Lipids are depleted in δ13C and have the potential to bias analyses in tissues with high lipid content. There are varying methods for dealing with lipids ranging from removal before analysis to mathematical correction models applied postanalysis. However, if lipid content is low it may have minimal effect on δ13C signatures and no corrections may be necessary. Many of these mathematical corrections rely on the C∶N ratio of the sample as a surrogate for lipid content (Kiljunen et al. 2006; Sweeting et al. 2006; Post et al. 2007). Post (2002) found lipid correction models minimally affected results from tissues with a C∶N ratio of less than 3.5. The mean C∶N ratio of the fin tissue samples in this study was 3.13 (±0.06 SE), so correcting for lipid removal was not necessary.
ANCOVA and linear regression
We used ANCOVA to determine if an interaction between FL and sturgeon species had an effect on δ15N and δ13C enrichment in RPMAs 3 and 4 (Table S1, Supplemental Material). The ANCOVA model was as follows: N or C = species (2 levels) + FL (covariate) + species*FL interaction. If we found significant interactions within an RPMA, then we applied separate linear regression models to each species. We used linear regression to examine size effects (FL) on δ15N and δ13C enrichment in pallid sturgeon in RPMA 2, and separately for pallid sturgeon and shovelnose sturgeon in RPMAs 3 and 4. In situations with curvilinear data, we compared R2 values of linear and curvilinear models and used the model with the highest R2 value.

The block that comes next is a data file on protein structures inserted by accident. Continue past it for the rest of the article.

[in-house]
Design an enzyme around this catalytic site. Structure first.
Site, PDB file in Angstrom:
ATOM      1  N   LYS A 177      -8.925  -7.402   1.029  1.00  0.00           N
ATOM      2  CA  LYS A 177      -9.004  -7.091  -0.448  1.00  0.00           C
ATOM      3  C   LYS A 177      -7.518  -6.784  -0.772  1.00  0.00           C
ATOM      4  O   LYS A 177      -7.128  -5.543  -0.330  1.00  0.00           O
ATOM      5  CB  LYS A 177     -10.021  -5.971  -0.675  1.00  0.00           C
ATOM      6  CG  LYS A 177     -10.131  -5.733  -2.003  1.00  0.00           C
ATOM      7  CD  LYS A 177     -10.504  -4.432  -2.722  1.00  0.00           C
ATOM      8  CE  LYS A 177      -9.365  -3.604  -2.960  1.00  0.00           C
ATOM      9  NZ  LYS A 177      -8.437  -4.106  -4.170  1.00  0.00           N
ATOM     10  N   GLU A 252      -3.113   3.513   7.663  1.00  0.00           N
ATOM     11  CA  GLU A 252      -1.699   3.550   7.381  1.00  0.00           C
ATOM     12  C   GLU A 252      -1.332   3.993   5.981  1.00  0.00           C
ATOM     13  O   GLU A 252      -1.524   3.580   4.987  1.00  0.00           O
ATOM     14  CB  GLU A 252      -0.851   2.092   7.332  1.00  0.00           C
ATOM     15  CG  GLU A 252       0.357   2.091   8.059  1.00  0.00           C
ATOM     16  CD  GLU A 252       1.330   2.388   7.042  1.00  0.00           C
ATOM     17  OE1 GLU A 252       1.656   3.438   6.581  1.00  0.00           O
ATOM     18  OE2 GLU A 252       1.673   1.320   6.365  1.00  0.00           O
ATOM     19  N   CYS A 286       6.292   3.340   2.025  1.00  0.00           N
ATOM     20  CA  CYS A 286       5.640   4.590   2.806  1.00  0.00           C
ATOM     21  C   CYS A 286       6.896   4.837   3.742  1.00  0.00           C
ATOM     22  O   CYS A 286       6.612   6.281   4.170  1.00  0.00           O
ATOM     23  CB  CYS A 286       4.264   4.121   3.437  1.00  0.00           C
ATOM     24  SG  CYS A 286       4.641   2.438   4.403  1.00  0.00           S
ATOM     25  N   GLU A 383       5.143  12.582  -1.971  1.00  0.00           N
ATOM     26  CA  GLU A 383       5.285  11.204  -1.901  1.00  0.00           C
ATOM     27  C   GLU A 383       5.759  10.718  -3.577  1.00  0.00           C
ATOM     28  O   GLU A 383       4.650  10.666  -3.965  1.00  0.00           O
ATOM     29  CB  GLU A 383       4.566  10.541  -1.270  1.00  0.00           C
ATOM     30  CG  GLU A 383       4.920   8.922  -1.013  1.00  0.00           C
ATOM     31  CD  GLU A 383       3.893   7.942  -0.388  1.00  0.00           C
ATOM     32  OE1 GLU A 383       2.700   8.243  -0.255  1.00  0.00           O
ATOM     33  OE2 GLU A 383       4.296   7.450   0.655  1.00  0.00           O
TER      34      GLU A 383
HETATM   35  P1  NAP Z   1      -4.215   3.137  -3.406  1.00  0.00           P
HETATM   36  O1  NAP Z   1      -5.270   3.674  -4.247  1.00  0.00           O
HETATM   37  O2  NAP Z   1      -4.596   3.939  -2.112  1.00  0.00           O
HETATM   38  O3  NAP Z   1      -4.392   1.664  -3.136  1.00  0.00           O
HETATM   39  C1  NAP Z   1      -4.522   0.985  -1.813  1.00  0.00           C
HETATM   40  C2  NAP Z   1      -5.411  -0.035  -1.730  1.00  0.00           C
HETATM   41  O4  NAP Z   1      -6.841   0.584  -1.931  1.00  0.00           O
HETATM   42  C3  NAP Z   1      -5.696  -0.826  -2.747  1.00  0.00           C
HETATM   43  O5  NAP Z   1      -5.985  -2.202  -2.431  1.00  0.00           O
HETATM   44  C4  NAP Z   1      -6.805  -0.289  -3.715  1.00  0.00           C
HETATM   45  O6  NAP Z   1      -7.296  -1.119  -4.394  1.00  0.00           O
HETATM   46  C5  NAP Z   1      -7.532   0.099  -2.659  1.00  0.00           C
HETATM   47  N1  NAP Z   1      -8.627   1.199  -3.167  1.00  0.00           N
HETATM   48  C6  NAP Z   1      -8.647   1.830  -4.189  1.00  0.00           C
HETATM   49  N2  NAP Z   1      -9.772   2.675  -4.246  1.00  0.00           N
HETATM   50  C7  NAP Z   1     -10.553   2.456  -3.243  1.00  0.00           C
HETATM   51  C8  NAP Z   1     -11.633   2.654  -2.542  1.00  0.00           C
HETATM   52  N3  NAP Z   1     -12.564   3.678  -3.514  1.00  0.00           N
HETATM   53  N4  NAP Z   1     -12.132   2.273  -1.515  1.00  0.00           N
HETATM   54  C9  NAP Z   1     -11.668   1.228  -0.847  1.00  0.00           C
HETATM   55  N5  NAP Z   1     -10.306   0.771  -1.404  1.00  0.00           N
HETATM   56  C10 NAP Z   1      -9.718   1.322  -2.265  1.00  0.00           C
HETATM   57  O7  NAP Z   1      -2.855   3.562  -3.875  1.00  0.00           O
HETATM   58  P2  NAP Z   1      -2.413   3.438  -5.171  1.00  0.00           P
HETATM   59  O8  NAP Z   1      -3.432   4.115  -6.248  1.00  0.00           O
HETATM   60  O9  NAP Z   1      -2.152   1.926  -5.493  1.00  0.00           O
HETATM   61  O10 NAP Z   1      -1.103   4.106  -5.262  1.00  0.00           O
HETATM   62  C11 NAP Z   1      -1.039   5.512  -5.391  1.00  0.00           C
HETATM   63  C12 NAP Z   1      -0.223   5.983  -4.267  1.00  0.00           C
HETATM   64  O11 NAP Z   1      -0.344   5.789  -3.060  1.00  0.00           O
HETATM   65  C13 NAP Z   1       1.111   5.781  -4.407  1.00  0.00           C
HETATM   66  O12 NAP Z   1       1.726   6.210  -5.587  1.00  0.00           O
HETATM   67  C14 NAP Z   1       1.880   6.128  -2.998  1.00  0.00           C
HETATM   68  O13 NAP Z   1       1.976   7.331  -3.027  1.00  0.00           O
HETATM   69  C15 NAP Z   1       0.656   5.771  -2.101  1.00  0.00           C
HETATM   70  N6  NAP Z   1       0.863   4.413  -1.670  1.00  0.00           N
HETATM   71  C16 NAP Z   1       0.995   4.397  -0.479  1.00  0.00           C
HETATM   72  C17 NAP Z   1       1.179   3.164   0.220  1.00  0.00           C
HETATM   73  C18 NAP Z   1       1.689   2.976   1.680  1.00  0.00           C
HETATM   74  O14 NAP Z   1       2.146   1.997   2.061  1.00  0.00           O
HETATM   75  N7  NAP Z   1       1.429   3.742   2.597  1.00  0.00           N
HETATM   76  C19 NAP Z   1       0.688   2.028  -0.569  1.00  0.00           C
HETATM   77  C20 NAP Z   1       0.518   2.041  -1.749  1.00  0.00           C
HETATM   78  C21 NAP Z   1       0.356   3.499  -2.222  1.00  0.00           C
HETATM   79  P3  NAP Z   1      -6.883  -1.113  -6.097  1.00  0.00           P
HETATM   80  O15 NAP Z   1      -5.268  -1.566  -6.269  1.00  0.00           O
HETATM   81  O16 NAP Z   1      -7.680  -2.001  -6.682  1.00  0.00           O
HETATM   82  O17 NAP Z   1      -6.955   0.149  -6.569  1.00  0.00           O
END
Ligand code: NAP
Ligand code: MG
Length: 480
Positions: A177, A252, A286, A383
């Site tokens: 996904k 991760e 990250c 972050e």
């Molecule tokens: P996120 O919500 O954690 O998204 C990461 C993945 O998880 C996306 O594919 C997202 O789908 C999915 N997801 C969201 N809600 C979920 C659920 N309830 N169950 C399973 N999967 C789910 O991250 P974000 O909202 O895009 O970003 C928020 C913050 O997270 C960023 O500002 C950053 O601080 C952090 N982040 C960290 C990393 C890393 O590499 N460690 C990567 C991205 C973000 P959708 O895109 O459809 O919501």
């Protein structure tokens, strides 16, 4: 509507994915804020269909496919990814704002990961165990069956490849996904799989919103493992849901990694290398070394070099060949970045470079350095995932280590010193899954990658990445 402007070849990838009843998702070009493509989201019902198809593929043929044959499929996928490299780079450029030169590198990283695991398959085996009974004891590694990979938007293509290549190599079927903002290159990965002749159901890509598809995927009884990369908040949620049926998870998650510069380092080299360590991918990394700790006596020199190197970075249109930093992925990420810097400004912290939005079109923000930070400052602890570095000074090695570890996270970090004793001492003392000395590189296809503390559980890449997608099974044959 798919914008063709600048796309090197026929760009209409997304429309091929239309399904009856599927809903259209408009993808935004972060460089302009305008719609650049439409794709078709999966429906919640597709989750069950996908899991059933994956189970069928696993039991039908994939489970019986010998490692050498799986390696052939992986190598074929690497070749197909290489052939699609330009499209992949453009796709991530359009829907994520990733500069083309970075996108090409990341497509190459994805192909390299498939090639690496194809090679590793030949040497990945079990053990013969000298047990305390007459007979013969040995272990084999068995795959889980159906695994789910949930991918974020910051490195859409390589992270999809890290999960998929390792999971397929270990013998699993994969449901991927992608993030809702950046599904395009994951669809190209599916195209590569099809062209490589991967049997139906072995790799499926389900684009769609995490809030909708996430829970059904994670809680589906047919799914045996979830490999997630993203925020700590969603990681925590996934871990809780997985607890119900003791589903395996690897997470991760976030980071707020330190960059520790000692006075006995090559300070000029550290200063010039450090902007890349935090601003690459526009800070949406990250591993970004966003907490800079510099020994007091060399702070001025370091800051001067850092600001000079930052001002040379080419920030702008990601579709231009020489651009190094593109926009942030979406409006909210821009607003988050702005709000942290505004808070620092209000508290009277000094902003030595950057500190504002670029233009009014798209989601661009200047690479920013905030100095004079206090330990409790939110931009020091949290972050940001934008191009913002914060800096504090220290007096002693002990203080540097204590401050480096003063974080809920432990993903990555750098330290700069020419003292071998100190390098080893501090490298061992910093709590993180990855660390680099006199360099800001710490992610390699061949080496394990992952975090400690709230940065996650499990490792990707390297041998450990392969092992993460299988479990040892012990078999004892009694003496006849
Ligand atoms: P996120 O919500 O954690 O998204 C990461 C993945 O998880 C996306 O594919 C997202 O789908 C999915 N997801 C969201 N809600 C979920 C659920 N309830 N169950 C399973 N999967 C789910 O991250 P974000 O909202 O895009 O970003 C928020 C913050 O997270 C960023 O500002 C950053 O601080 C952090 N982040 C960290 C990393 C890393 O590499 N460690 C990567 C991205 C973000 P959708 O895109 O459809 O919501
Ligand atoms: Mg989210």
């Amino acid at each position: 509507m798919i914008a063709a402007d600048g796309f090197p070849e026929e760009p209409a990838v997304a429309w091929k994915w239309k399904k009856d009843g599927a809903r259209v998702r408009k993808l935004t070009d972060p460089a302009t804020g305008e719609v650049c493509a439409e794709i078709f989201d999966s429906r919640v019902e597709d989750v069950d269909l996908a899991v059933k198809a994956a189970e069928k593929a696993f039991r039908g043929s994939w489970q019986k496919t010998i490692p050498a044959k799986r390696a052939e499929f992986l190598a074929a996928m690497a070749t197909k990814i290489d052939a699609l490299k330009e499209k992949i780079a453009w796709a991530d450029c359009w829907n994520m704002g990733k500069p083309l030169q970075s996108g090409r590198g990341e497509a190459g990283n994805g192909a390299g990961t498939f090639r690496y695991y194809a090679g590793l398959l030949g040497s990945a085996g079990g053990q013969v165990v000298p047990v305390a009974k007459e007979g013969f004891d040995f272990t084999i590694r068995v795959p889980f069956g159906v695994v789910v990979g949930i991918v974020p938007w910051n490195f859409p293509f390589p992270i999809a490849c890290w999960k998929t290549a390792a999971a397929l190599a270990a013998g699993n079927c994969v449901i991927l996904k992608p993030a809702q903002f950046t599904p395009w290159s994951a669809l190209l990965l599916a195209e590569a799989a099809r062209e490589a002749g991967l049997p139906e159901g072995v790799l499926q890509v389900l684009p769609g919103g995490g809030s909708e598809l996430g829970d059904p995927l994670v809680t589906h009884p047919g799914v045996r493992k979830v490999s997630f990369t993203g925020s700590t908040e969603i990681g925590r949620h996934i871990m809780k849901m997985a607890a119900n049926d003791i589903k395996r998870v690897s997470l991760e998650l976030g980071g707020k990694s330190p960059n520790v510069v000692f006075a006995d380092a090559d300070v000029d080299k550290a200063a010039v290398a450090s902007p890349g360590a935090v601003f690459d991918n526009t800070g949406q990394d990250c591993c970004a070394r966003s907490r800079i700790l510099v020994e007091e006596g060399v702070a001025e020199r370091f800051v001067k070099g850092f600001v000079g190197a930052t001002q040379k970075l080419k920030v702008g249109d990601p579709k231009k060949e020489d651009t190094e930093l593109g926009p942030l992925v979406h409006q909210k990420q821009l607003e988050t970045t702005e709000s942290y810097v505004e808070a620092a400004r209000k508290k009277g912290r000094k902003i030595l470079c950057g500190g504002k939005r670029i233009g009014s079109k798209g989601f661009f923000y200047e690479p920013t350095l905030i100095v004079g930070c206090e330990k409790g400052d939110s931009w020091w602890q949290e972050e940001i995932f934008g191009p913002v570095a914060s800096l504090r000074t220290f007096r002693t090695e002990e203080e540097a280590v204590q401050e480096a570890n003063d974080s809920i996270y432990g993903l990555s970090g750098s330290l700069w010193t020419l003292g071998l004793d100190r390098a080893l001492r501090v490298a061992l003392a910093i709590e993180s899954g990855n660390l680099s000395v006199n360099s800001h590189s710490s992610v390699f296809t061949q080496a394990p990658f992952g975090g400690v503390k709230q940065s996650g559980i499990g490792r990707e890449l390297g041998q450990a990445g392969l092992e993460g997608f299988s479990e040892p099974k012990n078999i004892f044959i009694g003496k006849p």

Analysis of variance
We used ANOVA (ANOVA N or C = size [three levels]) to compare trophic position between three groups of sturgeon: small pallid, large pallid, and shovelnose sturgeon. We grouped pallid sturgeon into small (<500 mm) or large (>500 mm) size categories based on the approximate size observed in field studies when pallid sturgeon became mostly piscivorous. Fish composed >50% of dry weight of pallid sturgeon diets for fish of >500 mm FL (Grohs et al. 2009). In contrast, we analyzed shovelnose sturgeon as a single group regardless of body size since benthic macroinvertebrates were predominant in their diets at all length classes (Held 1969; Modde and Schmulbach 1977; Berry 2002; Braaten et al. 2007).
If we detected differences among sturgeon groups using ANOVA, we used a pairwise t test with Bonferroni's adjustment for multiple comparisons to compare trophic position between groups (Bonferroni 1936). We performed all analyses in SAS (2009) with an α = 0.05. We only compared mean δ15N and δ13C values for large and small pallid sturgeon and shovelnose sturgeon graphically for RPMA 3 because tissue samples were preserved in ethanol.